||That afternoon I found my way to the major of Trieste's many museums - another Hapsburg legacy in the City. Museo Revoltella, is the largest, has a fine, gracefully displayed collection of paintings, sculpture and furniture that demonstrated further both the high elegance of Trieste's glorious Hapsburg days and the sense of overseas ambition. There were among the works displayed, many portraits of grandees of the Hapsburg times as well as a fine portrait of Archduke Maximillian, painted in 1868, the year before he was shot in Mexico.
I particularly noted the impressive allegorical marble statue on the first floor landing entitled 'The Cutting of the Suez Canal' . Here, the graceful female figure of 'Europe' (or more likely Austria-Hungary) links hands with two bearded figures representing the Mediterranean and the Red Seas with Mercury between them indicating to the young goddess Navigation the new seaway.
|Between the visits to San Giusto and the Revoltella Museo, I stopped at the small harbour of Gignano, an ideal place to take a longer lunch and hope the rain stopped. Though small, there were more than for a hundred yachts moored, a couple of terraced restaurants and an attractive view. I was the first to take a table but the terrace filled quickly with mariners in their multicoloured yachting gear arriving in fours and fives bringing. They were all showing a clear enthusiasm for the next day's 'Barcolona'.
The group next to me spoke in several languages to each other and had clearly come together specifically for the event. Suddenly, they and the rest all left sensing, I gathered, the arrival of a valuable breeze for practice..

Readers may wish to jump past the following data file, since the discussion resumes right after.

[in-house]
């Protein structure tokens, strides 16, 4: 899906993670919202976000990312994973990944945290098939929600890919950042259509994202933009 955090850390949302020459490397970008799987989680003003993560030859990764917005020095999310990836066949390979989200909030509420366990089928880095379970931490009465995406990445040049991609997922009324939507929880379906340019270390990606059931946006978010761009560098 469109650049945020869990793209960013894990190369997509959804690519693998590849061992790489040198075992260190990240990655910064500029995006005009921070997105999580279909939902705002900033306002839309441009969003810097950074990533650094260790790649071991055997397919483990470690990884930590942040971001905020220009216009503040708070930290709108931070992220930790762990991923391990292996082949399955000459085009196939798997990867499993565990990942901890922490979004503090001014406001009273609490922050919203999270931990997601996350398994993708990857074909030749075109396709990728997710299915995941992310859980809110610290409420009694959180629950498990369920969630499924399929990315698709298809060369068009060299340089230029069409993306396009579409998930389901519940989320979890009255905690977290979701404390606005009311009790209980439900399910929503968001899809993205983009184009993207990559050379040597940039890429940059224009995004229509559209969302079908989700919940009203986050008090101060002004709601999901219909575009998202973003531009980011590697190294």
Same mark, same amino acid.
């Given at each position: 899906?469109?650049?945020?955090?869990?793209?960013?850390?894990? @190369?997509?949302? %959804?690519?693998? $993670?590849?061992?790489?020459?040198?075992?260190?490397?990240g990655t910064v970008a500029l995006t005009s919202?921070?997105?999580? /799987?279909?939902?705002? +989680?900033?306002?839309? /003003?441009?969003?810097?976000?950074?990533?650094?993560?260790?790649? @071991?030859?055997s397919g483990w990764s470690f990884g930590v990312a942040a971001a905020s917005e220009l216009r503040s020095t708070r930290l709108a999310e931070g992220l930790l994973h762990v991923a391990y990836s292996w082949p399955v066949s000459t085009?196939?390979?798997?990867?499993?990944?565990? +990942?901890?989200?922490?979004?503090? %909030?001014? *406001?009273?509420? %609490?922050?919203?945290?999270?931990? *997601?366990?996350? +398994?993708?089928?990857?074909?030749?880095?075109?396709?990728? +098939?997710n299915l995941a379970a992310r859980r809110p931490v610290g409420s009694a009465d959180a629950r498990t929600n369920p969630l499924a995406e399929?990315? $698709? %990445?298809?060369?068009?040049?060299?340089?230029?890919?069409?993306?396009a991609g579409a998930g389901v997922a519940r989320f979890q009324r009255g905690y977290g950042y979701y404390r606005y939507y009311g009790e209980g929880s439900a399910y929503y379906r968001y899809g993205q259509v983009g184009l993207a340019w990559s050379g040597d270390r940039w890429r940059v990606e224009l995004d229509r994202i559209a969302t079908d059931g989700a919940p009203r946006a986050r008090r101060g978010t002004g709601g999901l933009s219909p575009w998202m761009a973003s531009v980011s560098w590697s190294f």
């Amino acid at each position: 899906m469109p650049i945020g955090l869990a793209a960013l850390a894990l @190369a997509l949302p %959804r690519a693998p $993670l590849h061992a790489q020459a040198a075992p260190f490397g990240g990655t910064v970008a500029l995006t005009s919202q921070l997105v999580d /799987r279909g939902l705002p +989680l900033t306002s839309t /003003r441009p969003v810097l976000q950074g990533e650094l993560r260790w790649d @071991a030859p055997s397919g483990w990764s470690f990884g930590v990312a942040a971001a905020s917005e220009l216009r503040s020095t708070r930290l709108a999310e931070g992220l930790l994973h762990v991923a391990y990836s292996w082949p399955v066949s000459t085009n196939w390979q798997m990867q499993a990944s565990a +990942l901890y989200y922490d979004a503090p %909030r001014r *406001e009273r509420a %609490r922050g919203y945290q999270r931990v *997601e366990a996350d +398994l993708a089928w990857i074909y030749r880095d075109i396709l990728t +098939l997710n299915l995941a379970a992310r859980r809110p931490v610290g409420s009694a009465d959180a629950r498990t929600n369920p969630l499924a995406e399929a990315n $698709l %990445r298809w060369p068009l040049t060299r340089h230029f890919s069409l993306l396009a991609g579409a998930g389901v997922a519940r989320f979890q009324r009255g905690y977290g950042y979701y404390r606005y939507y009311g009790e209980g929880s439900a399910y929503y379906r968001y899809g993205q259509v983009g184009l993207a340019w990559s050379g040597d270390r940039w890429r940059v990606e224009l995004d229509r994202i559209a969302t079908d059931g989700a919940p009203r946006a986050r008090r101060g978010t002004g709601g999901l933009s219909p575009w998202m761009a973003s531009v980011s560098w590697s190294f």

The next day, the day of the 'Barcolona' itself was again warm and sunny. To avoid the crowds that had already started to gather in the harbour, I had decided to visit the famous Miramare Castle out along the Gulf and by walking along the promenade to the Castle where I could see the regatta en route. The Regatta was already underway and I joined the many spectators along the route admiring the spectacle of so many yachts out in the gulf. Sadly there were a little further to the other bank of the Golf than I had hoped than and getting photographs that did the spectacle justice proved difficult. But it was still a really great spectacle to have seen.
The Miramare Castle is really the major tourist spectacle in Trieste and was already busy with several coach tours as I arrived. Started in in 1856 by Archduke Ferdinand Maximillian, younger brother to the Emperor, Franz Joseph, and completed in 1860 and built on an idyllic spot just above the Gulf it gave fine views back to the city itself. Throughout it proved the most significant edifice in Trieste of Hapsburg Imperial vainglory that I had been exploring. All the sumptuously furnished rooms had a naval theme with Maximillian's own apartment comprising cabin for sleeping and a study that was a replica of the boardroom of the imperial flagship of the time, the 'Novara'.
I took lunch in a restaurant on my way back overlooking the Gulf and the yachts were spreading wider over on the far side of the Gulf. I reflected on my findings. Although Trieste is very Italian today in its everyday comings and goings, it is also a sad memorial to the ambitions of the Hapsburg Empire. The body of Maximillian, after the failure in Mexico in 1864 was brought back through its small harbour as were the bodies of Archduke Franz Ferdinand and his wife, assinated at Serajevo in 1914, leading to the First World War and then to the Empire's demise.
Yet to be more positive, looking across the bay, it could be said today especially that Trieste has achieved the great maritime hope that the Hapsburgs had hoped. The magnificent Barcolona, has international matitime status, not as the source greater imperial power they had wished but as one the greatest centres for the highly prestigious world of yachting. Perhaps Trieste is now not entirely in limbo as Morris suggested. The Hapsburg dream has arrived in part at least.
© Dr Steve Collins
Dr Steve Collins